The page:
Home Buying in Rutledge>Question Details

Pafirsttimeb…, Home Buyer in Rutledge, PA

Negotiating after inspection findings--walk away, negotiate further, or accept?

Asked by Pafirsttimebuyer, Rutledge, PA Tue May 31, 2011

My wife I have completed the home inspection. These are the requests to the seller:

1. Requested the seller put in a hatch ($220) so we can have someone inspect the attic for rodents, electrical problems and insulation. Currently there is no attic access
2. Remedy a number of minor plumbing issues: garbage disposal and instant hot doesn't work, the dishwasher works, but the water backs up and fills up the garbage disposal sink and repair leaking drain trap assembly under sink
3. Replace heat distribution valves (gas/hot water heat) in the basement need as several of the knobs are entirely or mostly rusted away
4. Install supply piping or drain line hook up at the basement to service the laundry equipment (washer and dryer currently not connected).
5. Replace rotted sill plate above exterior wall
6. Radon remediation or $1k seller assist

Seller's response: They want us to pay for attic access, yes to radon, 1-year home warranty offer and no to everything else.

Advice?

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Answers

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I assume you made an offer on this house because it was the best of all the ones you previewed. The good points of this particular house must be remembered when it comes down to reviewing the inspection report. Your concerns are real, but they should not be a deal breaker, unless you feel you overpaid for the house

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1 vote Thank Flag Link Tue May 31, 2011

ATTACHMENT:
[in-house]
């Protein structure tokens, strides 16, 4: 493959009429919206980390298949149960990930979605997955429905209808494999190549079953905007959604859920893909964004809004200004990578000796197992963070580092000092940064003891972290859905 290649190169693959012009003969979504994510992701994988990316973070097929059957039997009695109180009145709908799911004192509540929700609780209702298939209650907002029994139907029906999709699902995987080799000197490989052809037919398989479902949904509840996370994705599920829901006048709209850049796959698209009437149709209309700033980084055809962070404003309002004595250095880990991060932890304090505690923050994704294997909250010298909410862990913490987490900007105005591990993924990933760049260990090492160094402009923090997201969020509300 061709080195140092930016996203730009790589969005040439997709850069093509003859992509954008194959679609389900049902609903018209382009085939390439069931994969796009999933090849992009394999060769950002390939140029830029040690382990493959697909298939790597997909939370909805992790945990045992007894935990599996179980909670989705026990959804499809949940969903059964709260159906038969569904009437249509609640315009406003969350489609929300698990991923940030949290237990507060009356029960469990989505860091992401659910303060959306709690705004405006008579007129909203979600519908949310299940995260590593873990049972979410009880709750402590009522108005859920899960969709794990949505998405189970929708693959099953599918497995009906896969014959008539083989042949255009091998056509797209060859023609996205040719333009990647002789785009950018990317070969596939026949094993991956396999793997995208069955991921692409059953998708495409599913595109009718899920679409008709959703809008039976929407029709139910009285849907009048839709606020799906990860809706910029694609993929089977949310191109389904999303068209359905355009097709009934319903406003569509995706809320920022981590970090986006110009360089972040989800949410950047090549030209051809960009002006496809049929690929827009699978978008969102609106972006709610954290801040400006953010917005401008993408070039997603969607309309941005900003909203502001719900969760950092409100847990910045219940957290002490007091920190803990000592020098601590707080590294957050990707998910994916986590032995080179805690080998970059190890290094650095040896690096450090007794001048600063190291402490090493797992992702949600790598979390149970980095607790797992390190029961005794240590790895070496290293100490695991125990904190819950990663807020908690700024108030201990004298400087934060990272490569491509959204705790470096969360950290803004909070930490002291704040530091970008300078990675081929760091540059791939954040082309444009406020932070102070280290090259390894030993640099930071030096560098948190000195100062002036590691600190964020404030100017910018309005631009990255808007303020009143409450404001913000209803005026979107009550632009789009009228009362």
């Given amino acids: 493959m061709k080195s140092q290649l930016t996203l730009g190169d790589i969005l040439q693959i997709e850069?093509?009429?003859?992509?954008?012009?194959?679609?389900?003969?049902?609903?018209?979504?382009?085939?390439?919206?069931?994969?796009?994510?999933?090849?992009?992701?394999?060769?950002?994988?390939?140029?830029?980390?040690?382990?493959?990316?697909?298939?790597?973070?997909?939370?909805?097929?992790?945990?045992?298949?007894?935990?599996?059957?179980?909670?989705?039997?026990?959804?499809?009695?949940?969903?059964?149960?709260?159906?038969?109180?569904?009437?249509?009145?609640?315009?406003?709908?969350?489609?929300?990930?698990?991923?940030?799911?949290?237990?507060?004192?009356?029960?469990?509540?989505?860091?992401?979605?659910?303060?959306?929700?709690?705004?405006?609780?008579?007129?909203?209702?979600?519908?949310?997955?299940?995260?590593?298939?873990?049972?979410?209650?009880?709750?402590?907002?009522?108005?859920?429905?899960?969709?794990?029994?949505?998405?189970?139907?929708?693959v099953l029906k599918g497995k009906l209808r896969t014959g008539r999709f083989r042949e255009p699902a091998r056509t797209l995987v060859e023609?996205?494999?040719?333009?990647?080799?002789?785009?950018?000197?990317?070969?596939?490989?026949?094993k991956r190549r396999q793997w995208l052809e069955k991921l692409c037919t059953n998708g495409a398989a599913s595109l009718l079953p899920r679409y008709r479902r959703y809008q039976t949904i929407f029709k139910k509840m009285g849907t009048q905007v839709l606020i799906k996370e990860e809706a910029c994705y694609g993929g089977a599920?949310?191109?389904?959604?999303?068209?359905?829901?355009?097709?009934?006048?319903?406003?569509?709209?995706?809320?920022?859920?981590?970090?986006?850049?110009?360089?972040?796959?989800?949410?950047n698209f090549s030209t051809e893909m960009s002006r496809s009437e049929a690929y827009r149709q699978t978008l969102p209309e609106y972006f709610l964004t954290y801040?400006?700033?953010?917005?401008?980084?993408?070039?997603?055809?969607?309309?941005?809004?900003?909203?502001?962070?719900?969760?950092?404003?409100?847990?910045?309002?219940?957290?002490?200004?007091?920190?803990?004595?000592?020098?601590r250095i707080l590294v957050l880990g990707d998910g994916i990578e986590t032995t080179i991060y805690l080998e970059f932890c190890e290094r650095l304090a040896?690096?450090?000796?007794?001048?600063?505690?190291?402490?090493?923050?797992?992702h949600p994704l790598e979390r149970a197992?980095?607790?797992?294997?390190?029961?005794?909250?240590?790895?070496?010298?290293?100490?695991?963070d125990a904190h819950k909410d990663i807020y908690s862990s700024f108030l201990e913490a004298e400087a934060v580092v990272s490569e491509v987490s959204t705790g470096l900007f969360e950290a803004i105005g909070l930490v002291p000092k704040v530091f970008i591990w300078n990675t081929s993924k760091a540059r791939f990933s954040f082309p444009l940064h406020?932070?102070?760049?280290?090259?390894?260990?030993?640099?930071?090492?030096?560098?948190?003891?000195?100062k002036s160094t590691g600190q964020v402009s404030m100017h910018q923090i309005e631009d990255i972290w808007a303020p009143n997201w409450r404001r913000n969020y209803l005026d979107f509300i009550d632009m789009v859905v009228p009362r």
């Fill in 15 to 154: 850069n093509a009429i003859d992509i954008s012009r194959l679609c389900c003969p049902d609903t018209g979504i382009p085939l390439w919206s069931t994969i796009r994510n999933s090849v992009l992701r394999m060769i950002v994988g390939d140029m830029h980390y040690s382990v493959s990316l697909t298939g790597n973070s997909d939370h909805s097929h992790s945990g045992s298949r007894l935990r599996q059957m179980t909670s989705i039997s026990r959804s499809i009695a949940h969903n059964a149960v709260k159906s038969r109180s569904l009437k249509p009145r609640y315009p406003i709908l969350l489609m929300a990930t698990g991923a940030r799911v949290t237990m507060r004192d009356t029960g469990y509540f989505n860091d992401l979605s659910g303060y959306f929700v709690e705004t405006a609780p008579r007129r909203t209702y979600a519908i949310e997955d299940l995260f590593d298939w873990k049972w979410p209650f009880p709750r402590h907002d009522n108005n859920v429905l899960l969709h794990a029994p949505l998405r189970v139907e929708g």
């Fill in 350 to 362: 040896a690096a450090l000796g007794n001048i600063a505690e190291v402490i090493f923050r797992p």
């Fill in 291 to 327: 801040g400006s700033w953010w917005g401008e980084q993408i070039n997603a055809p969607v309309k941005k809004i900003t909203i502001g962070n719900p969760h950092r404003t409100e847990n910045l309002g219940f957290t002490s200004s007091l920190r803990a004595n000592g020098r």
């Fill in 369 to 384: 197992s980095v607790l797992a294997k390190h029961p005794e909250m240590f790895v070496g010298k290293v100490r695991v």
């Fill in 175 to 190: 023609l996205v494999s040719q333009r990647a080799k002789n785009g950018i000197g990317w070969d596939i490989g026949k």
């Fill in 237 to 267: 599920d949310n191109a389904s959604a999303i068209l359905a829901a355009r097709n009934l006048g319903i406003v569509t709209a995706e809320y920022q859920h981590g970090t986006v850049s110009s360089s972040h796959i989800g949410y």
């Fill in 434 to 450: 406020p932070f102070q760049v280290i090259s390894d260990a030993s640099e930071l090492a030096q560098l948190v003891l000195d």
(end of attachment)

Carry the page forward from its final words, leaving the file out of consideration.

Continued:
I would continue to negotiate, but check your contract. In our area, there is a property condition clause that basically says the major systems have to be functional and this is not negotiable, so things like what you have under your 2nd and 3rd points would be required based on our contract. I would also question the Asher and dryer. If they advertised having them, but there is no hook up, then that would not be negotiating in good faith.

You have several thousand dollars of repairs that sound pretty necessary and a home warranty will not help you snce things are already broken. I would see what your bottom line is but send back a counter offer to them to get more things taken care of.
1 vote Thank Flag Link Tue May 31, 2011
Too bad you can't rely on the advice of your agent on this one!! LOL
0 votes Thank Flag Link Mon Jun 6, 2011
You did not share what kind of offer you made. If it was at or close to full price then you should have more reason to expect the things you mentioned to be in working order or be fixed by the seller. However, if you got a "deal" I would think the seller's counter is reasonable and I would counsel you to take it and fix the small stuff yourself. I suspect from the sound of the inspection results that this was not a high priced house, but, regardless, I never like to see these little things blur the larger picture, If you are getting the house you want in the area you want and a close date you want....these smaller things warrant compromising. Remember, your conciliatory attitude, in the long run, might save you money when down the road you need to call the prior owners for information about something in the house and your negotiations remained friendly.
Web Reference: http://www.ohnstadhomes.com
0 votes Thank Flag Link Tue May 31, 2011
Inspections are for informational purposes to support that your purchase decision is sound. However, items that potentially affect your health & safety, or potential structural and mechanical issues should be dealt with during your inspection contingency period. In some cases, the cost may be more than what you have budgeted for your new home. If the seller is unwilling or unable, then perhaps another housing option awaits you around the corner. Good Hunting!
0 votes Thank Flag Link Tue May 31, 2011